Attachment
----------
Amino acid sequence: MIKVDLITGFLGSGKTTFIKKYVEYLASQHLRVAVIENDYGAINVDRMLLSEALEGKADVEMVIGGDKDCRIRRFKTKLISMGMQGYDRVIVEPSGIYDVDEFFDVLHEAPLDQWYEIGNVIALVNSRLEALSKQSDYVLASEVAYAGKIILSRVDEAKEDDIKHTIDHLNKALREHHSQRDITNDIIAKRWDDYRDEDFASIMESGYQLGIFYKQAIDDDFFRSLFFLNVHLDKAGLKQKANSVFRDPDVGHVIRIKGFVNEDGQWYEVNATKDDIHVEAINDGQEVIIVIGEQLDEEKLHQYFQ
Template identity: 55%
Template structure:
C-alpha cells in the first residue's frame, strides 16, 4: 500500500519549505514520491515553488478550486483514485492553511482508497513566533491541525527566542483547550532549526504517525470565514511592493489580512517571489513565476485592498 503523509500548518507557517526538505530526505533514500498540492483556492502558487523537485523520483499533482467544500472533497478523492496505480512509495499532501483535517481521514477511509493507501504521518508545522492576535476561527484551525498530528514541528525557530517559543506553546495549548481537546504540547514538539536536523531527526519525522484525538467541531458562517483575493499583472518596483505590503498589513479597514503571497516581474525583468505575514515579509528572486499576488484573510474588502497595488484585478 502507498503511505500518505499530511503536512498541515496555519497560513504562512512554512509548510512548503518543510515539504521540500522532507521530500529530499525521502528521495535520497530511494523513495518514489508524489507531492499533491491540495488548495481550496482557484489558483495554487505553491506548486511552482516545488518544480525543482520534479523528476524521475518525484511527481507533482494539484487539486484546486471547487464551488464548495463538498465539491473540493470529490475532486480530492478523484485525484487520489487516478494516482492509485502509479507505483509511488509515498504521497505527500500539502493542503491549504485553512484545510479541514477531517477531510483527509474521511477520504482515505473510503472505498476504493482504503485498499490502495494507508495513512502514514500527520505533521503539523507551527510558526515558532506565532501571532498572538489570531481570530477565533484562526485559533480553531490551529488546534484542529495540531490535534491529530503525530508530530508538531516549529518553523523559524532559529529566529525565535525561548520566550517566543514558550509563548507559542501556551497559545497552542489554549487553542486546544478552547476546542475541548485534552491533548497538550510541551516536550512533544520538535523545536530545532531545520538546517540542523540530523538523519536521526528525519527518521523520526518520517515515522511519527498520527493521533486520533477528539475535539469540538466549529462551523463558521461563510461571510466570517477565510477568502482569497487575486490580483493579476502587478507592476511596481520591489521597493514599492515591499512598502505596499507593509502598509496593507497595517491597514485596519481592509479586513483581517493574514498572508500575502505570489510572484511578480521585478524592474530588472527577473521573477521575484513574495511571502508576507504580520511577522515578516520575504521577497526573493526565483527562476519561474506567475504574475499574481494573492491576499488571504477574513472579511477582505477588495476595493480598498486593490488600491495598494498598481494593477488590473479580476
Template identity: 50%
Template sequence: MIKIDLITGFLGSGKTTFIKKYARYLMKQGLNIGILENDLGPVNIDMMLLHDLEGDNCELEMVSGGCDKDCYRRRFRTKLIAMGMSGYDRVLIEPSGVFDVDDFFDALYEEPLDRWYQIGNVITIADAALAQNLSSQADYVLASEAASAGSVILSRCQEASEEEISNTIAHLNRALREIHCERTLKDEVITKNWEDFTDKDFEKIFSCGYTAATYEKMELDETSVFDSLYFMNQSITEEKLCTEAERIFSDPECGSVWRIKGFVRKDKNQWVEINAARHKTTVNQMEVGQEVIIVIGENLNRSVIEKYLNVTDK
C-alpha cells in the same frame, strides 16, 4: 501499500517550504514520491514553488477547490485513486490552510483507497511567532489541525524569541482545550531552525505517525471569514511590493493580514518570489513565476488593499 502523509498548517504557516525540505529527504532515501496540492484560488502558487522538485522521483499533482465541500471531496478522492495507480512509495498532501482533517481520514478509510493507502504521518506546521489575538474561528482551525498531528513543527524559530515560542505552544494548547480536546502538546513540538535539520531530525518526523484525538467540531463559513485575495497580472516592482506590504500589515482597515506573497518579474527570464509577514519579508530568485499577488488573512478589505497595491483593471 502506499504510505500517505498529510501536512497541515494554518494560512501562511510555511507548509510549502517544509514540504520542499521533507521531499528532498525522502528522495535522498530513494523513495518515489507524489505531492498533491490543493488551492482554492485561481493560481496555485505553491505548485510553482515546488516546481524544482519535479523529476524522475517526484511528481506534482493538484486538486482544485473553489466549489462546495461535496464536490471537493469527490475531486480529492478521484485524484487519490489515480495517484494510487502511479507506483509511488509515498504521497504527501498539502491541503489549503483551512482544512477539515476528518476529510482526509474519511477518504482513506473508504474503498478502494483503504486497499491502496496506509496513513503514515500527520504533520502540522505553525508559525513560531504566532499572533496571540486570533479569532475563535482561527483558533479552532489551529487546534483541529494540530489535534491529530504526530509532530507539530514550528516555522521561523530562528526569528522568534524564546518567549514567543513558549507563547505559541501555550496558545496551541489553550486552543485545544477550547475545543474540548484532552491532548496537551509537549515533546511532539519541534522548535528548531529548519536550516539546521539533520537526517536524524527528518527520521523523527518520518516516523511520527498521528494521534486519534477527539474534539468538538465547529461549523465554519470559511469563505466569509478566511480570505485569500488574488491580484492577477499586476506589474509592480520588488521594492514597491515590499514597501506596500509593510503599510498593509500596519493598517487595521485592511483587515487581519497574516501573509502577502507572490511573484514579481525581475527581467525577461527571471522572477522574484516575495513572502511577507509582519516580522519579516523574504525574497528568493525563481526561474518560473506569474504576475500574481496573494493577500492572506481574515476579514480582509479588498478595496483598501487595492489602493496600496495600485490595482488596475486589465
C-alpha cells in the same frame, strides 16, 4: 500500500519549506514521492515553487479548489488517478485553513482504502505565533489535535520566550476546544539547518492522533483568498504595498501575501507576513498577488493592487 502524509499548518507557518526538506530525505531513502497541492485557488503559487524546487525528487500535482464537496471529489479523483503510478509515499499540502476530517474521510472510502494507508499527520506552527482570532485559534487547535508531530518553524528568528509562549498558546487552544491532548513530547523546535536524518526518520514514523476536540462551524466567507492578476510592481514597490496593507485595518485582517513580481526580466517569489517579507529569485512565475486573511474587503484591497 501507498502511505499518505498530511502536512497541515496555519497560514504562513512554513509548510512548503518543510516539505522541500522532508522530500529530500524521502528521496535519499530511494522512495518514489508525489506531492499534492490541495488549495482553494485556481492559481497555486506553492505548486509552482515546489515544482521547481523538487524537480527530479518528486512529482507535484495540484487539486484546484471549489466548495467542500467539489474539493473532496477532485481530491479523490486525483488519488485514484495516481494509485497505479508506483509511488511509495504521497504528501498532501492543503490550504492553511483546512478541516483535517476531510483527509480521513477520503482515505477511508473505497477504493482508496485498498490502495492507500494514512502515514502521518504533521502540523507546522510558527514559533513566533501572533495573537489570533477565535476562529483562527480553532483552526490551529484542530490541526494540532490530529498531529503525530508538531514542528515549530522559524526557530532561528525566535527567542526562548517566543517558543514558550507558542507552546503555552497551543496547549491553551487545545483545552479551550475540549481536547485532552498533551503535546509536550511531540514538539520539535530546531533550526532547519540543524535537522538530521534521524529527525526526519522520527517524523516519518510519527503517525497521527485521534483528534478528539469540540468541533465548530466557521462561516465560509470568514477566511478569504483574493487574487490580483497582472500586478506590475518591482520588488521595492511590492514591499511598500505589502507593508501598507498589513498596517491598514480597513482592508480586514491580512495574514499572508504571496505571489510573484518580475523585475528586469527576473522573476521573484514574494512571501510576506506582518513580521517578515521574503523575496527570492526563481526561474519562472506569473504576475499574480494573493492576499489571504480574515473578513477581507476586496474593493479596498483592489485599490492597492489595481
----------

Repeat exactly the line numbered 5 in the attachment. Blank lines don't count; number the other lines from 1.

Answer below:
Template identity: 50%